Do you love to scream out to your favorite ROCK songs? Maybe you’re passionate about the rhythm and flow of RAP music. Do you like to put on your dancing shoes and bust a move to some R‘n’B? Or, do you prefer to get down to some James Brown style FUNK !!!
If you are anything like me, you would say YES!! to all of these options.
But, what if I told you that you could master the English language using all of these awesome music genres, with the help of the most famous music related magazine in the world, ROLLING STONE!
Every day I go to the Rolling Stone website to get my daily fix of musical information from news to reviews, artists profiles, photos, videos and much more.
Because I love music, and I love teaching English, I decided to put the two together with a lot of my students. I believe that any person can learn a lot of English with any song, if they know what to look for. To prove this I’m going to show you a little game I play with my students called, “choose a number between 1 and 500.”
THE 500 GREATEST SONGS OF ALL TIME
On the Rolling Stone website, you’ll find a page with the 500 greatest songs of all time, voted by their readers. I use this list of classic songs to prepare lessons that contain all elements of English learning, for example, grammar, vocabulary, structure, slang, pronunciation listening and a lot more.
So, choose a number between 1 and 500???
You’re taking too long to respond so I used this random number website and it chose the number 228.
And the winner is: The Clash, “Should I Stay or Should I Go Now”
[media url=”http://www.youtube.com/watch?v=GqH21LEmfbQ” width=”500″ height=”300″]
If you want to read all the lyrics click here. Now let’s break this down to an awesome English class with 3 different areas
The first grammar point I noticed is in the title of the song, how to use the word should.
Should is a “modal verb” used to suggest that something is a good or bad idea, or to give someone advice.
- We should listen to the clash more often!
- I don’t think he should tell his girlfriend what happened.
- You should stop smoking cigarettes, they’ll kill you
- Should we bring anything to your party?
- Should I get a haircut?
- Should my brother buy that car?
Should is a modal verb that we don’t conjugate, so it is always used with a verb in the infinitive. The only way to change the time reference is by using the “modal perfect.”
The modal perfect structure with should is: Subject (I, You, Anne etc) + Have + Verb (participle)
When we use should this way, the meaning differs a little. Not only are we expressing a good/bad idea or advice in the past, we are also talking about something we regret, for example.
- I should have gone to the Clash show ( I didn’t go and regret it now)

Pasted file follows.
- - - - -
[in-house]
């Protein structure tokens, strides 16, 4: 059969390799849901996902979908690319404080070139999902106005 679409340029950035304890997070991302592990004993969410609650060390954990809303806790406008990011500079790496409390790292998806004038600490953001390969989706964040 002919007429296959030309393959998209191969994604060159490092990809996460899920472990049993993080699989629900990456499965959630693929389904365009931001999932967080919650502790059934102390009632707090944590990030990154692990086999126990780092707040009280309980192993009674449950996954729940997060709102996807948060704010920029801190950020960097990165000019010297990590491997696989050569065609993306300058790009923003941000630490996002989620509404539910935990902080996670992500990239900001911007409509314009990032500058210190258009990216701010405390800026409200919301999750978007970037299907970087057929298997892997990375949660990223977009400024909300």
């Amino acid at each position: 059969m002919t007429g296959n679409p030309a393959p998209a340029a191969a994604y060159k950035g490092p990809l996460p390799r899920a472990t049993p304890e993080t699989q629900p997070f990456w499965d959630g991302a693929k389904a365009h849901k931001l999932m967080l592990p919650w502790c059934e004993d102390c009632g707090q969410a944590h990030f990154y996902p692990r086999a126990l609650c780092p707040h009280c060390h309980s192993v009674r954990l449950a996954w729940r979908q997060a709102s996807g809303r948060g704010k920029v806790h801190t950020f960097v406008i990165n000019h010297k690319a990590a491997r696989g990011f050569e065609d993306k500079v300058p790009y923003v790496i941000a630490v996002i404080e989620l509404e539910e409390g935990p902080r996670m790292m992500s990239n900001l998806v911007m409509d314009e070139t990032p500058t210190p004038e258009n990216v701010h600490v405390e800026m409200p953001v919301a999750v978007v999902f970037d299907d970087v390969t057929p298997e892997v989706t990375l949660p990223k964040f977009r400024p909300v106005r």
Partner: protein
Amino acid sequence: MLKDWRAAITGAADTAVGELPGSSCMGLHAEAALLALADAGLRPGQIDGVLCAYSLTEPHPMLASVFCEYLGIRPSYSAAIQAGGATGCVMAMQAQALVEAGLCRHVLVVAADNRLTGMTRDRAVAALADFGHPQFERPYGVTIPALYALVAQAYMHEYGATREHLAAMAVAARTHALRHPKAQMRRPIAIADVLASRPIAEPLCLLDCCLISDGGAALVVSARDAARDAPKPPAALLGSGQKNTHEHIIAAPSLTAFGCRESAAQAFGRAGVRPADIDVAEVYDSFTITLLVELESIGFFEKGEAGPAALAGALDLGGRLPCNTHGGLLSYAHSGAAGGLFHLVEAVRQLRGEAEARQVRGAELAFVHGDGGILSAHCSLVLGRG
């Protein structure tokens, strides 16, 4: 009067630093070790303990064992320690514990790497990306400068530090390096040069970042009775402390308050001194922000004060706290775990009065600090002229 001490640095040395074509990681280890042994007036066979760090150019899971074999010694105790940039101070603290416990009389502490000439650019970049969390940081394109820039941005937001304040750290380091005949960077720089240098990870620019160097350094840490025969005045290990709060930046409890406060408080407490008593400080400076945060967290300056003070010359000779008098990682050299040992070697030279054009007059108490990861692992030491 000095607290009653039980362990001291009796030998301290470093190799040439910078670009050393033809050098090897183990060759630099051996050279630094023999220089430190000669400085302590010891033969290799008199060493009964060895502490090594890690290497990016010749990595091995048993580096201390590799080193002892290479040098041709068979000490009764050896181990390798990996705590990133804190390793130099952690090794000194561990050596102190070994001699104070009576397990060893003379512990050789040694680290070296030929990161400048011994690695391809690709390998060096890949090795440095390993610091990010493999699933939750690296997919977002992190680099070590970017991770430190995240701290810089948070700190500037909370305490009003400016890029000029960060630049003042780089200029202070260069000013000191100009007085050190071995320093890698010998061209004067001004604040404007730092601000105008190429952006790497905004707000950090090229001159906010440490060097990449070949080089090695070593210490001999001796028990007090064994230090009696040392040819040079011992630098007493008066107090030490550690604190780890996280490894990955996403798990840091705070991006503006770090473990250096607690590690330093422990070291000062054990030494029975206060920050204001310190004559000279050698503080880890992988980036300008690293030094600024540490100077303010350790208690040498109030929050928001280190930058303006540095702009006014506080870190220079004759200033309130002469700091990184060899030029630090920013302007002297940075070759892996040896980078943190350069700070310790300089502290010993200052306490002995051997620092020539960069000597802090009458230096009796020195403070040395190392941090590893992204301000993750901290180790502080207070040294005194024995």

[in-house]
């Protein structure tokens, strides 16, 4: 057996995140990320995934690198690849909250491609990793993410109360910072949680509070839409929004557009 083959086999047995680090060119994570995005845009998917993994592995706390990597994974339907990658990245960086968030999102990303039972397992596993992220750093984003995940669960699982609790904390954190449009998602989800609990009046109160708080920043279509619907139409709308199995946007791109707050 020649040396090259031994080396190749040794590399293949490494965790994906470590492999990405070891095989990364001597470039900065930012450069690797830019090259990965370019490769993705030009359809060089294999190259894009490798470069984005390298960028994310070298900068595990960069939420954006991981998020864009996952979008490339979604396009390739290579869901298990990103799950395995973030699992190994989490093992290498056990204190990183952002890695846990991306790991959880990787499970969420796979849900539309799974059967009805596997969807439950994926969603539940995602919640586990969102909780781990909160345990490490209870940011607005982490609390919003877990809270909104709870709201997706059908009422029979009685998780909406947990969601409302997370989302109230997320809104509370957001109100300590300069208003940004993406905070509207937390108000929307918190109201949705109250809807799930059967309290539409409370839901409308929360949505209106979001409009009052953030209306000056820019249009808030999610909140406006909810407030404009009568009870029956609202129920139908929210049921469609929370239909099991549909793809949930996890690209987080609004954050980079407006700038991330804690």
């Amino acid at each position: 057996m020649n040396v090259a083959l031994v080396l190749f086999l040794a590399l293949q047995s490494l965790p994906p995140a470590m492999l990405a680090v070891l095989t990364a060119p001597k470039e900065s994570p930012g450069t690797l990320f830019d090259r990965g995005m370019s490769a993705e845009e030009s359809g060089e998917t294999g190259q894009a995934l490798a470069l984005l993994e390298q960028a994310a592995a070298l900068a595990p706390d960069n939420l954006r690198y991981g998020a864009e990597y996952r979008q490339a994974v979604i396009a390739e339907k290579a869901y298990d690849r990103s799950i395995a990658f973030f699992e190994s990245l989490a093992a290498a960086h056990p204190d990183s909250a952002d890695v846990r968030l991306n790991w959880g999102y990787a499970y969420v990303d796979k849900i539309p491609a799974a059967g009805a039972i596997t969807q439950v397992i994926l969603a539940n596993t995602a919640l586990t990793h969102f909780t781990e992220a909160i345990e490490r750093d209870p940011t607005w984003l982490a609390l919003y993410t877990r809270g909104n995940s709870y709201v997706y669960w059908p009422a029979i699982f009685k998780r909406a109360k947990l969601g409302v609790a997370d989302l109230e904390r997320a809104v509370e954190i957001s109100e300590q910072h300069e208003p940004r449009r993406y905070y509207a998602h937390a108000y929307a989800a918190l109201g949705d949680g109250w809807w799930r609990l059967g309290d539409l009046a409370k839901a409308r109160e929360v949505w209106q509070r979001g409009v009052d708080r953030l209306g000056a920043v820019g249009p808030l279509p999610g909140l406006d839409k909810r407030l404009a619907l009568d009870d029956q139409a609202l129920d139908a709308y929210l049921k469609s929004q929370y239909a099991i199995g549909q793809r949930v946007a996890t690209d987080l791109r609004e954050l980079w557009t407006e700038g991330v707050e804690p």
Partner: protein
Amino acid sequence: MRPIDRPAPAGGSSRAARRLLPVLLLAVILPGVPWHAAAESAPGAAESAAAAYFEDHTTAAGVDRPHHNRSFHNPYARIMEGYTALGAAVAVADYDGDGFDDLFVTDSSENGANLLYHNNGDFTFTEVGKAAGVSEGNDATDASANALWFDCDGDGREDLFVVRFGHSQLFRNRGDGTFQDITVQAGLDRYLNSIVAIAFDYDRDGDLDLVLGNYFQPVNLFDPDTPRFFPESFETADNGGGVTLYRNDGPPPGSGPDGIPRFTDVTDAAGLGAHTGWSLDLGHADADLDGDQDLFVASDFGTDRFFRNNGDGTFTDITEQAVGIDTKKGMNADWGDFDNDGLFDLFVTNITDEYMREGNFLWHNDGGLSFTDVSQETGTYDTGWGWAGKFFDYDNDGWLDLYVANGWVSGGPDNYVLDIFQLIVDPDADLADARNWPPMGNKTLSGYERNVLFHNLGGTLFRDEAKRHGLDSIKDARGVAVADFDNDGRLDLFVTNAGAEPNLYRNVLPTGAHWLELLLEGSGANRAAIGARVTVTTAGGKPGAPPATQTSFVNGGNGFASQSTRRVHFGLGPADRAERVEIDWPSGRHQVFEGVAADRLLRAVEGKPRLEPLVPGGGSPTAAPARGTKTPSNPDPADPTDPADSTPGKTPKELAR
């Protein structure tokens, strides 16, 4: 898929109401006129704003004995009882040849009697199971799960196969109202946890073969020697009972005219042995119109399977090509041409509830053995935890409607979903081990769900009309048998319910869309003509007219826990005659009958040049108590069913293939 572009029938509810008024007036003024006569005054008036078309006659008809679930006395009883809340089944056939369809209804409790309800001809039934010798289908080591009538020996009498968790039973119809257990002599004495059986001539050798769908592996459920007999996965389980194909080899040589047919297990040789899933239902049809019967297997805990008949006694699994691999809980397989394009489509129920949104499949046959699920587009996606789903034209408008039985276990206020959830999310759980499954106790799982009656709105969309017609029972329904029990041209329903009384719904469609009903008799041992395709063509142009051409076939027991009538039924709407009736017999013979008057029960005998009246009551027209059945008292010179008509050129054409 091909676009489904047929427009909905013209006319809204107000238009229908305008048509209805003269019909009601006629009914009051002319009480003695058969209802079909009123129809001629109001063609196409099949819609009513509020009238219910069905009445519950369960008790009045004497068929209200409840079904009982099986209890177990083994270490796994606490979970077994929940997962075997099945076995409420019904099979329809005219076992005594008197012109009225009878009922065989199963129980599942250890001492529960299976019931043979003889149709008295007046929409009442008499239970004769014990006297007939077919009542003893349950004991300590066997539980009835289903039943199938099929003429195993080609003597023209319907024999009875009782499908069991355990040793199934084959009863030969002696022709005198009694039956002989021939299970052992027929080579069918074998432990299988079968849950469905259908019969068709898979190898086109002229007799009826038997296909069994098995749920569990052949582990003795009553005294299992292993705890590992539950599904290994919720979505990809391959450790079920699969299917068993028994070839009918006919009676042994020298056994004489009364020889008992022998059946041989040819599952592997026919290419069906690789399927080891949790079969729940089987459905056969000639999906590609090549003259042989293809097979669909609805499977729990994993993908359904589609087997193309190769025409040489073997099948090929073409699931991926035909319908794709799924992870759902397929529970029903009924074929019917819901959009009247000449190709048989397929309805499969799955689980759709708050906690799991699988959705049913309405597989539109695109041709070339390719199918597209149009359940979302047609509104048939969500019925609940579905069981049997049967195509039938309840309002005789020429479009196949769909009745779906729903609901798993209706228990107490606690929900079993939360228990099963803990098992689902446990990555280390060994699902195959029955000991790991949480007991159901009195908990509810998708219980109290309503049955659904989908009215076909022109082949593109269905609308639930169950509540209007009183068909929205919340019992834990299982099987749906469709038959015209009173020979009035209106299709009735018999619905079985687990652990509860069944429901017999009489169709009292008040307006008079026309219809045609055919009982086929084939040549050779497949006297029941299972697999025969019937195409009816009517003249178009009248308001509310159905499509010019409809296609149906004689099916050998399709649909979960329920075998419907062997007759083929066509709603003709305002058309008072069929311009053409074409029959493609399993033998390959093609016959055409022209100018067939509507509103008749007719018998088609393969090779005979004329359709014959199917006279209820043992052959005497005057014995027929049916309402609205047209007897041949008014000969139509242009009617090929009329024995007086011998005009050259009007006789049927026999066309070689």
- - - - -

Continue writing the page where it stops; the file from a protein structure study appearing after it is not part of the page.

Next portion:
- You should told me earlier, now it’s too late (It was a good idea in the past)
- I shouldn’t have drunk so much last night! (I regret it because now I’m sick)
- Should I have spoken to him? (advice for past actions)
- Should Anne have eaten that old piece of pizza? No, she shouldn’t have. Now she’s sick! (She regrets eating the pizza now)
Learning with music is going to give you 2 massive advantages learning English, which are:
1. Your vocabulary is going to increase dramatically in a way that you will remember. When you listen to a song, and understand the lyrics enough, you will start to visualize the context of the song in your head. The song becomes a story, or a message in some cases, which makes memorizing the words/lyrics easier to remember because you have connected the new word to part of the song’s story.
2. Now that you have all these new words, you have a perfect opportunity to practice them whenever you want by imitating the singer. If you sing along with the track you’ll start to notice that natives often shorten many words, abbreviate others, you’ll see specific stress points in each word and start to feel the FLOW of the language.
Try to work your flow with these 3 lines from the song. Listen to the song again if necessary, and repeat the phrases over and over again until you feel like you are speaking/singing in a natural, fluent way.
“Darling you gotta let me know, should I stay or should I go”
“If I go there will be trouble, An’ if I stay it will be double”
“This indecision’s bugging me, If you don’t want me, set me free”
CALL TO ACTION
Do want to become a fluent English speaker but at the same time have a lot of fun and connect to the hundreds of different music/social cultures from around the world?
Then it’s time for you to forget about that boring old course book you’re using, get proactive, and start turning your favorite songs into a cool, interesting and VERY effective way to learn (and easily memorize) the English language.
Rock on Real lifers, and remember a ROLLING STONE gathers no moss.
If you have any tips, suggestions, innovative ideas about learning English with music, leave a message at the bottom of this post, or contact us through Facebook . We would love to hear about your language learning methods. Also, join our mailing list to stay up to date with what’s happening at Real Life English.